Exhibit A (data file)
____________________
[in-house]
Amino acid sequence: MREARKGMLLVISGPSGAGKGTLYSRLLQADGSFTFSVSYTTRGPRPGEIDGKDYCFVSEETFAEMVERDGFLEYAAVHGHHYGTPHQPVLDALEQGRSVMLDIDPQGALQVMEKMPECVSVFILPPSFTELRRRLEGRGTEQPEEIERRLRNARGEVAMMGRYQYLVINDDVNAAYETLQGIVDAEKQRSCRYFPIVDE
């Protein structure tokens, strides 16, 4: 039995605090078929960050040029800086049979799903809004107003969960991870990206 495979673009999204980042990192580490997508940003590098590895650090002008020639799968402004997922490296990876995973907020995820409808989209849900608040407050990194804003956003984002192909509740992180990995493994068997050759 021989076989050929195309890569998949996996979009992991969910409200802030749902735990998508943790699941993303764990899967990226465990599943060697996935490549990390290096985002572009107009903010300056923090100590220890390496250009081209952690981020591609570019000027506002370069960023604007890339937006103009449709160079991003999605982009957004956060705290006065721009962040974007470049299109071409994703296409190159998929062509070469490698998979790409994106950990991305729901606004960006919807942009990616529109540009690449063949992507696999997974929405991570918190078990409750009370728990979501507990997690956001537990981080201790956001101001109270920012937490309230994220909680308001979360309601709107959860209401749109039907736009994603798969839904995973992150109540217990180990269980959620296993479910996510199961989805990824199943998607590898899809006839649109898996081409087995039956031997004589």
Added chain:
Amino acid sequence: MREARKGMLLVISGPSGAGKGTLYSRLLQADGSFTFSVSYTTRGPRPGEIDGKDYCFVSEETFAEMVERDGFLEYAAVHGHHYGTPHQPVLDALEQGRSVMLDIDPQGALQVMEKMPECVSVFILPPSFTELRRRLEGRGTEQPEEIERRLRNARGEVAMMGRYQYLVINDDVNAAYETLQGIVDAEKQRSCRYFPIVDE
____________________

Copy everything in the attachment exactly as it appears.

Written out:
[in-house]
Amino acid sequence: MREARKGMLLVISGPSGAGKGTLYSRLLQADGSFTFSVSYTTRGPRPGEIDGKDYCFVSEETFAEMVERDGFLEYAAVHGHHYGTPHQPVLDALEQGRSVMLDIDPQGALQVMEKMPECVSVFILPPSFTELRRRLEGRGTEQPEEIERRLRNARGEVAMMGRYQYLVINDDVNAAYETLQGIVDAEKQRSCRYFPIVDE
């Protein structure tokens, strides 16, 4: 039995605090078929960050040029800086049979799903809004107003969960991870990206 495979673009999204980042990192580490997508940003590098590895650090002008020639799968402004997922490296990876995973907020995820409808989209849900608040407050990194804003956003984002192909509740992180990995493994068997050759 021989076989050929195309890569998949996996979009992991969910409200802030749902735990998508943790699941993303764990899967990226465990599943060697996935490549990390290096985002572009107009903010300056923090100590220890390496250009081209952690981020591609570019000027506002370069960023604007890339937006103009449709160079991003999605982009957004956060705290006065721009962040974007470049299109071409994703296409190159998929062509070469490698998979790409994106950990991305729901606004960006919807942009990616529109540009690449063949992507696999997974929405991570918190078990409750009370728990979501507990997690956001537990981080201790956001101001109270920012937490309230994220909680308001979360309601709107959860209401749109039907736009994603798969839904995973992150109540217990180990269980959620296993479910996510199961989805990824199943998607590898899809006839649109898996081409087995039956031997004589």
Added chain:
Amino acid sequence: MREARKGMLLVISGPSGAGKGTLYSRLLQADGSFTFSVSYTTRGPRPGEIDGKDYCFVSEETFAEMVERDGFLEYAAVHGHHYGTPHQPVLDALEQGRSVMLDIDPQGALQVMEKMPECVSVFILPPSFTELRRRLEGRGTEQPEEIERRLRNARGEVAMMGRYQYLVINDDVNAAYETLQGIVDAEKQRSCRYFPIVDE